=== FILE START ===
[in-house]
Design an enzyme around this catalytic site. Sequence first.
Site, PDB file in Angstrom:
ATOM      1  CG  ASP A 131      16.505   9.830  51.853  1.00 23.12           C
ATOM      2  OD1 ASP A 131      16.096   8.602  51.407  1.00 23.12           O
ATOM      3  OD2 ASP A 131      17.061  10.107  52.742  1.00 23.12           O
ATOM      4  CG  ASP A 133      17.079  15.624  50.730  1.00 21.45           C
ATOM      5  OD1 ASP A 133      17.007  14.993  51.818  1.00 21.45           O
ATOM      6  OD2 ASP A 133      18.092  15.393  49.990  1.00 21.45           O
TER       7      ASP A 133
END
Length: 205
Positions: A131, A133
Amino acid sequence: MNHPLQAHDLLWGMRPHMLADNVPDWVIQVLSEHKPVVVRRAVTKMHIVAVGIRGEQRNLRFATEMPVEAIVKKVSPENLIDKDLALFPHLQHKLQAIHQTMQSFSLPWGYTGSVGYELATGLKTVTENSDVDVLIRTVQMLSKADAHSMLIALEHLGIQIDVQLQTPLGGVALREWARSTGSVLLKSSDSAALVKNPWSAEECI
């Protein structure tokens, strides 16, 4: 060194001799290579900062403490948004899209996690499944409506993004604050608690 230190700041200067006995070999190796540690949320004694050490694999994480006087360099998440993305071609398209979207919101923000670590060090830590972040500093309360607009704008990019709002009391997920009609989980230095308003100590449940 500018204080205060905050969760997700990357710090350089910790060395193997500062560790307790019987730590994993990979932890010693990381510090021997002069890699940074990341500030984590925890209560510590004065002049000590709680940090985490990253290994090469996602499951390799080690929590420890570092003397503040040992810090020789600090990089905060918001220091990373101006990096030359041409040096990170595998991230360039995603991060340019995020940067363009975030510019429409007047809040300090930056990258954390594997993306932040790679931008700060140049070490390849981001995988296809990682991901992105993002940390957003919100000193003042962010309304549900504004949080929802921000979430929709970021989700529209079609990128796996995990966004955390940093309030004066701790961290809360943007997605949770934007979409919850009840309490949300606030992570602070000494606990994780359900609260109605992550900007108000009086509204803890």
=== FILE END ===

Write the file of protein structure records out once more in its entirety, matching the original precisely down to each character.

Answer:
[in-house]
Design an enzyme around this catalytic site. Sequence first.
Site, PDB file in Angstrom:
ATOM      1  CG  ASP A 131      16.505   9.830  51.853  1.00 23.12           C
ATOM      2  OD1 ASP A 131      16.096   8.602  51.407  1.00 23.12           O
ATOM      3  OD2 ASP A 131      17.061  10.107  52.742  1.00 23.12           O
ATOM      4  CG  ASP A 133      17.079  15.624  50.730  1.00 21.45           C
ATOM      5  OD1 ASP A 133      17.007  14.993  51.818  1.00 21.45           O
ATOM      6  OD2 ASP A 133      18.092  15.393  49.990  1.00 21.45           O
TER       7      ASP A 133
END
Length: 205
Positions: A131, A133
Amino acid sequence: MNHPLQAHDLLWGMRPHMLADNVPDWVIQVLSEHKPVVVRRAVTKMHIVAVGIRGEQRNLRFATEMPVEAIVKKVSPENLIDKDLALFPHLQHKLQAIHQTMQSFSLPWGYTGSVGYELATGLKTVTENSDVDVLIRTVQMLSKADAHSMLIALEHLGIQIDVQLQTPLGGVALREWARSTGSVLLKSSDSAALVKNPWSAEECI
């Protein structure tokens, strides 16, 4: 060194001799290579900062403490948004899209996690499944409506993004604050608690 230190700041200067006995070999190796540690949320004694050490694999994480006087360099998440993305071609398209979207919101923000670590060090830590972040500093309360607009704008990019709002009391997920009609989980230095308003100590449940 500018204080205060905050969760997700990357710090350089910790060395193997500062560790307790019987730590994993990979932890010693990381510090021997002069890699940074990341500030984590925890209560510590004065002049000590709680940090985490990253290994090469996602499951390799080690929590420890570092003397503040040992810090020789600090990089905060918001220091990373101006990096030359041409040096990170595998991230360039995603991060340019995020940067363009975030510019429409007047809040300090930056990258954390594997993306932040790679931008700060140049070490390849981001995988296809990682991901992105993002940390957003919100000193003042962010309304549900504004949080929802921000979430929709970021989700529209079609990128796996995990966004955390940093309030004066701790961290809360943007997605949770934007979409919850009840309490949300606030992570602070000494606990994780359900609260109605992550900007108000009086509204803890």